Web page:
Christopher Jackson to talks to the impressive Oliver Curson about his career at family company Berkeley Parks
The dynamics of a family business are always interesting. Berkeley Parks – one of the leading providers of residential parks in the UK – is no exception. Founded by John Berkeley in the 1960s, the firm is now run by David Curson, who married into the family and has run the firm since 2019, having joined in 2001 after a stint in the Fleet Air Arm.
But there’s a third generation in the mix now, and I catch up with Oliver Curson, an impressive young business leader with responsibility both in the residential side, and in managing the expanding holiday parks side of the business.
At the moment the firm has 51 residential parks, and two holiday parks. So what kind of clients are attracted by the firm’s offer? Curson explains: “The majority of our parks are for people who are fifty plus. They’re looking to retire and downsize. They want peace and quiet and don’t want too many children around.”
As the father of two charming but boisterous children, I can immediately sympathise with this desire – and even feel briefly apologetic at what my family may be perpetrating unawares on the local population.
Readers might also be interested to know that there are other perks to buying a house in a holiday park. As Curson explains: “You don’t pay stamp duty at all so nothing the Chancellor did on that last year affected us or any of our clients. In addition, there’s no requirement to pay solicitors’ fees which can save on costs.”
Curson clearly has his feet well under the table and enjoys an impressive understanding of the business, talking knowledgeably about everything from the price points and structure of the business, to the needs of the client. But he actually had an unexpected degree. “I studied motorsport engineering,” he says chuckling. “I never did any roles in that field, but at university you do learn a lot of skills – time management among them.”
Post-university, Curson trained as a marine – “my father also had a military background too so I guess I was scratching that itch” – leaving in 2018. So was it always the plan to join the family firm? “It wasn’t – although I knew the door was always open for me.”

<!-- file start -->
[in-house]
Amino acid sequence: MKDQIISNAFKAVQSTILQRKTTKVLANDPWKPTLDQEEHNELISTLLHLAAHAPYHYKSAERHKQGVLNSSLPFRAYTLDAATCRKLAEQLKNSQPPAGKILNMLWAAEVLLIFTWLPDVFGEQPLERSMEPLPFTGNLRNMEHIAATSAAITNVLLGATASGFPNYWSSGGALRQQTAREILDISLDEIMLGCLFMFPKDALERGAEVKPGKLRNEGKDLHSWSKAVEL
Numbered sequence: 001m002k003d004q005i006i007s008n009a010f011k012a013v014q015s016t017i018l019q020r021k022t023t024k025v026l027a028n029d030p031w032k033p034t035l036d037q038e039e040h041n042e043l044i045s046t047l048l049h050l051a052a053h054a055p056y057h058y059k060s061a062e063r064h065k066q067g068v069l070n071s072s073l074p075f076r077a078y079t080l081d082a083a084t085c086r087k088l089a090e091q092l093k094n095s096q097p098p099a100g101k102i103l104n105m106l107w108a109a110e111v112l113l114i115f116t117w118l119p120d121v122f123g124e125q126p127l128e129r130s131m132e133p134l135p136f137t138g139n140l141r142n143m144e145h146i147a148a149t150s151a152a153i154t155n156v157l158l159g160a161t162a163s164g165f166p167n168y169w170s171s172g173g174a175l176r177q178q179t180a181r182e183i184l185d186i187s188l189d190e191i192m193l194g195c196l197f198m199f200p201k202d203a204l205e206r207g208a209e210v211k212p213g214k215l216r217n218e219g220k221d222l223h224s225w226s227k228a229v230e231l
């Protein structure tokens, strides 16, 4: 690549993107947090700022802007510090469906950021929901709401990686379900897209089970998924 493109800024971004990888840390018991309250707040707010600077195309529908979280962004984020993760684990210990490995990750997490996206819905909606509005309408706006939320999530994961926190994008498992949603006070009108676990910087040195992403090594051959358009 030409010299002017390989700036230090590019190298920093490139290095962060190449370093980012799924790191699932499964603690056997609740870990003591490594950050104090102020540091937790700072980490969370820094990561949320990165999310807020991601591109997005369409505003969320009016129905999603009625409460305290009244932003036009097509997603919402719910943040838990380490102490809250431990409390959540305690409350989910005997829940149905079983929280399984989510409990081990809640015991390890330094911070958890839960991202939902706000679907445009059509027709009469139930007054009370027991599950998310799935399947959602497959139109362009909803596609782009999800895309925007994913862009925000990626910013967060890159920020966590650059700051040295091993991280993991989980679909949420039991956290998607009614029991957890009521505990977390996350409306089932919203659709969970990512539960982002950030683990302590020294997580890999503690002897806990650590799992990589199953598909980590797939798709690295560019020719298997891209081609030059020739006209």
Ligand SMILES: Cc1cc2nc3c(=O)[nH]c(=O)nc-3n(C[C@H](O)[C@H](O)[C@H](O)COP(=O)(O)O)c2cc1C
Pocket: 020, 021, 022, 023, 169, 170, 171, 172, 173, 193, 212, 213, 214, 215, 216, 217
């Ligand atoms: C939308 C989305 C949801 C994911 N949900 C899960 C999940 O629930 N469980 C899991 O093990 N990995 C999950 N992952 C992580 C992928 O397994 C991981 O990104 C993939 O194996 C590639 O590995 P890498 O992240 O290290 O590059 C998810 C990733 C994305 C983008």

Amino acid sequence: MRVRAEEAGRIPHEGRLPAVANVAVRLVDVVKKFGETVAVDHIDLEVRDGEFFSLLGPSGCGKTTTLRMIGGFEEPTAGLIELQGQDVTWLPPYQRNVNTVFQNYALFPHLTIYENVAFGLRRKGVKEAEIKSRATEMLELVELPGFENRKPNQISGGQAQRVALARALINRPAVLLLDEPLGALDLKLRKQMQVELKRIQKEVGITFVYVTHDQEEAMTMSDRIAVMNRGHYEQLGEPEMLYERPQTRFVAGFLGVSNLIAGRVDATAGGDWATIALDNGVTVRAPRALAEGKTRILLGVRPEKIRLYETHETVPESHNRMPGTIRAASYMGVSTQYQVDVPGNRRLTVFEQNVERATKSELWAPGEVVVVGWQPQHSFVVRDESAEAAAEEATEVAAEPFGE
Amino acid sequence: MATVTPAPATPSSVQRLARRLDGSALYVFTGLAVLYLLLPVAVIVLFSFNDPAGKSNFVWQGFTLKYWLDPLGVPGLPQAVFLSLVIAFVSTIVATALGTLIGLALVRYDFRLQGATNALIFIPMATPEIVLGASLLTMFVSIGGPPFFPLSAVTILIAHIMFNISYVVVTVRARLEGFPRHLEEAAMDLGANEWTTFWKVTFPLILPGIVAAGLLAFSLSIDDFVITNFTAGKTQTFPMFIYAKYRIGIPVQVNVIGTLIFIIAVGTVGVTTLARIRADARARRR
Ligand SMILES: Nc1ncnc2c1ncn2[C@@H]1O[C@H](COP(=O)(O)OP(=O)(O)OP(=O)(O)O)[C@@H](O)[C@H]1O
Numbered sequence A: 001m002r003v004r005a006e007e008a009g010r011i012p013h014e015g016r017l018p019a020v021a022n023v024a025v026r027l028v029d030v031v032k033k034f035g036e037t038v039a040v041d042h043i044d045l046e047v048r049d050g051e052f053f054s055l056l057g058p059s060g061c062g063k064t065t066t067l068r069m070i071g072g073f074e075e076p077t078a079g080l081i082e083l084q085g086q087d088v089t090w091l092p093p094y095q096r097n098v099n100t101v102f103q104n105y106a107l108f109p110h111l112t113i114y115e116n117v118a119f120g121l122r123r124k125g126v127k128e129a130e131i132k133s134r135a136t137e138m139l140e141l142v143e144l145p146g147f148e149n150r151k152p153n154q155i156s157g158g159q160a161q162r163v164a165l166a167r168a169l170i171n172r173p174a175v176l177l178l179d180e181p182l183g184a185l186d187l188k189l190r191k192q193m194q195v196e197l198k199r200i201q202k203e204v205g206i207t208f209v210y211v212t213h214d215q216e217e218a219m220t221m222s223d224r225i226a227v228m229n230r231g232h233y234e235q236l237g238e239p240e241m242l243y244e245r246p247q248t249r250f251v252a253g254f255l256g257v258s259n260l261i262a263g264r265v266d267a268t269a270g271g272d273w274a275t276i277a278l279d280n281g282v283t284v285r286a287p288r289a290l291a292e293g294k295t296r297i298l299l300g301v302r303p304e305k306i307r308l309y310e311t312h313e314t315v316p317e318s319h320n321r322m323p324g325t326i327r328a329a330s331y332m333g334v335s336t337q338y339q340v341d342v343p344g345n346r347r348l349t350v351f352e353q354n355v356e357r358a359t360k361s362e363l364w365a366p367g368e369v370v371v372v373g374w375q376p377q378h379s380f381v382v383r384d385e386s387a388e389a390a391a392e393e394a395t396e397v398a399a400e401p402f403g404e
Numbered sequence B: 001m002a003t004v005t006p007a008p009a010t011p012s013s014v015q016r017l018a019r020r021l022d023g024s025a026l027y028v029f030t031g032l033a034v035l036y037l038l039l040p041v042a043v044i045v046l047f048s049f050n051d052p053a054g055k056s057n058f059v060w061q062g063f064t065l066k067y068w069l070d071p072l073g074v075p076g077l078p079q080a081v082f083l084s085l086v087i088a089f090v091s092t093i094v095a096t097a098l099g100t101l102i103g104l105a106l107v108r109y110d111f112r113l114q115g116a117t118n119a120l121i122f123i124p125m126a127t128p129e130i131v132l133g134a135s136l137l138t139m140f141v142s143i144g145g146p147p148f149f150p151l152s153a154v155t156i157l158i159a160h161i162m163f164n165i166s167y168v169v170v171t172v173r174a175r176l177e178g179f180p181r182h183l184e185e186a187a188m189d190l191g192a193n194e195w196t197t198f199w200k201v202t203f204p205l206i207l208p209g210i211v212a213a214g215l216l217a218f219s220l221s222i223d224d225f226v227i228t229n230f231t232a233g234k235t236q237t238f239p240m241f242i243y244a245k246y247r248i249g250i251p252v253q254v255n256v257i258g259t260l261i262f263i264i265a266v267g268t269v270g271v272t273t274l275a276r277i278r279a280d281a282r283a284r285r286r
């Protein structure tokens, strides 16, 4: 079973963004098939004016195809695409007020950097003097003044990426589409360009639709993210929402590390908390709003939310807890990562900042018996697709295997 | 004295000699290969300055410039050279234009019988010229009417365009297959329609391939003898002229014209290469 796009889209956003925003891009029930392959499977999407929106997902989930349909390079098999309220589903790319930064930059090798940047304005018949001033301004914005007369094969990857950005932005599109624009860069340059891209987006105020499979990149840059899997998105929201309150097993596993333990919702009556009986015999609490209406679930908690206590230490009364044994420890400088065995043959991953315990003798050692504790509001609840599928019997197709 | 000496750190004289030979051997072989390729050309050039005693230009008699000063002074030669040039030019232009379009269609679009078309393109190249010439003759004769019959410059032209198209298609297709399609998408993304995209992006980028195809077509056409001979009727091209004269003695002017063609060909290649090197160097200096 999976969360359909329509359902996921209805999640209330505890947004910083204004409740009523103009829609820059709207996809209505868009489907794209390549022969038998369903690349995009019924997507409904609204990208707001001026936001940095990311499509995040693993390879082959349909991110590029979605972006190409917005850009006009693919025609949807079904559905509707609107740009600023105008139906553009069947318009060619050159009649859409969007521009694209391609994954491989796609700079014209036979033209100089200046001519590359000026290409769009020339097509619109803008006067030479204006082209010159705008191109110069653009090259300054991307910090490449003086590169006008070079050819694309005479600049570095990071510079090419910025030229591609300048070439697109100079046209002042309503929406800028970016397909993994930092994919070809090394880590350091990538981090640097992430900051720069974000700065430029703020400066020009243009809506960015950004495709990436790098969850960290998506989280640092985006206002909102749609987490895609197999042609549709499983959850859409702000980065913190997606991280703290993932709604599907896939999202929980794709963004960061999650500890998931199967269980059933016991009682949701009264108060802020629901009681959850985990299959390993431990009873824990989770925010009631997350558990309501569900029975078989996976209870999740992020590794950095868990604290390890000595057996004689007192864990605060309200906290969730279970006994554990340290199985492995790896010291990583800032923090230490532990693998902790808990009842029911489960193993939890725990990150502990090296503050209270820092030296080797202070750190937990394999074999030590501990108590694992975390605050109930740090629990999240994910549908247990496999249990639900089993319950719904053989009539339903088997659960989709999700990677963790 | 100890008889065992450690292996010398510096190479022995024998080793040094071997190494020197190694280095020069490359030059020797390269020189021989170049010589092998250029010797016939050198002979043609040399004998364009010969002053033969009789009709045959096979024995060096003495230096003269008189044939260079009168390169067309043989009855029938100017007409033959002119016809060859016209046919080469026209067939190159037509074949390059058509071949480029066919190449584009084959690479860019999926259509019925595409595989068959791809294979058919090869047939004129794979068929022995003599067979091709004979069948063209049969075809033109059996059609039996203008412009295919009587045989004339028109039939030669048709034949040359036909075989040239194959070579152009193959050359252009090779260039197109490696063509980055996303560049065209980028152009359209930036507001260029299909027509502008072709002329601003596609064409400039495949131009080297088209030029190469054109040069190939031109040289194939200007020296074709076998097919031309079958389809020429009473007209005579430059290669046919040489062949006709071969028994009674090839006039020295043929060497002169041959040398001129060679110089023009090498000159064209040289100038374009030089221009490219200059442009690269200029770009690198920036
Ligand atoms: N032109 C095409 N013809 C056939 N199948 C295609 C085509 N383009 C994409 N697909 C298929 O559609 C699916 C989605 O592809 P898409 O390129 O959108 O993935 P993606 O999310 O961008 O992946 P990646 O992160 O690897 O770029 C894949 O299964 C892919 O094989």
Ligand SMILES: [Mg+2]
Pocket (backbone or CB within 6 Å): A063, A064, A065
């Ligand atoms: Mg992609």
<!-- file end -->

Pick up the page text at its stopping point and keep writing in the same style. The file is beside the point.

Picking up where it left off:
So what does his role entail? “Day-to-day, I have two main roles. One is managing the holiday side of the business. On the other side, I deal with current residents and that could be anything from residential refurb requests or attending court hearings and tribunals. It’s quite varied what I get to do.”
So how has the pandemic been for the company? Initially, things were difficult, Curson explains: “All our income from second-hand sales and new sales just stopped overnight. But then when we came out of that period, people began to move and there was that pent-up demand. By the end of the year we found that we were where we would have expected anyhow.”
That sounds the definition of a resilient business. Even so, there were some headaches on the transactional front. “We were going to open a new Holiday Park in Essex, but that got cancelled because COVID-19 stopped it. We’ve been a bit on the back foot ever since trying to get it reopened.”
I find myself very impressed by Curson. He’s achieved a lot young, and yet he is modest with it: one might attribute that to the fact that working in a family business can often be grounding. Having said that, it’s by no means a hard-and-fast rule – and for every Curson there’s another heir to a family business dynasty who’s neither so hardworking nor so quietly knowledgeable.
So what do they look for in employees? “At the moment we have 150 employees, and really all we look for is the drive to do a good job. In terms of business direction, what we want to do is to build the holiday side.”
That, he says, is a competitive market: “You’re going in at over market value because of the staycation bubble.” Price-wise, Berkeley Parks are in a unique position: “We’re governed by the manufacture costs and if that hasn’t increased we’re not going to increase our price. The manufacturers have been increasing their prices, due to the price increase in wood and metal. We always look at what new builds cost in the same area with an equivalent floor space and aim to come in under those prices.”
There’s something decent about Curson and about the business. The firm will have much success in the years ahead.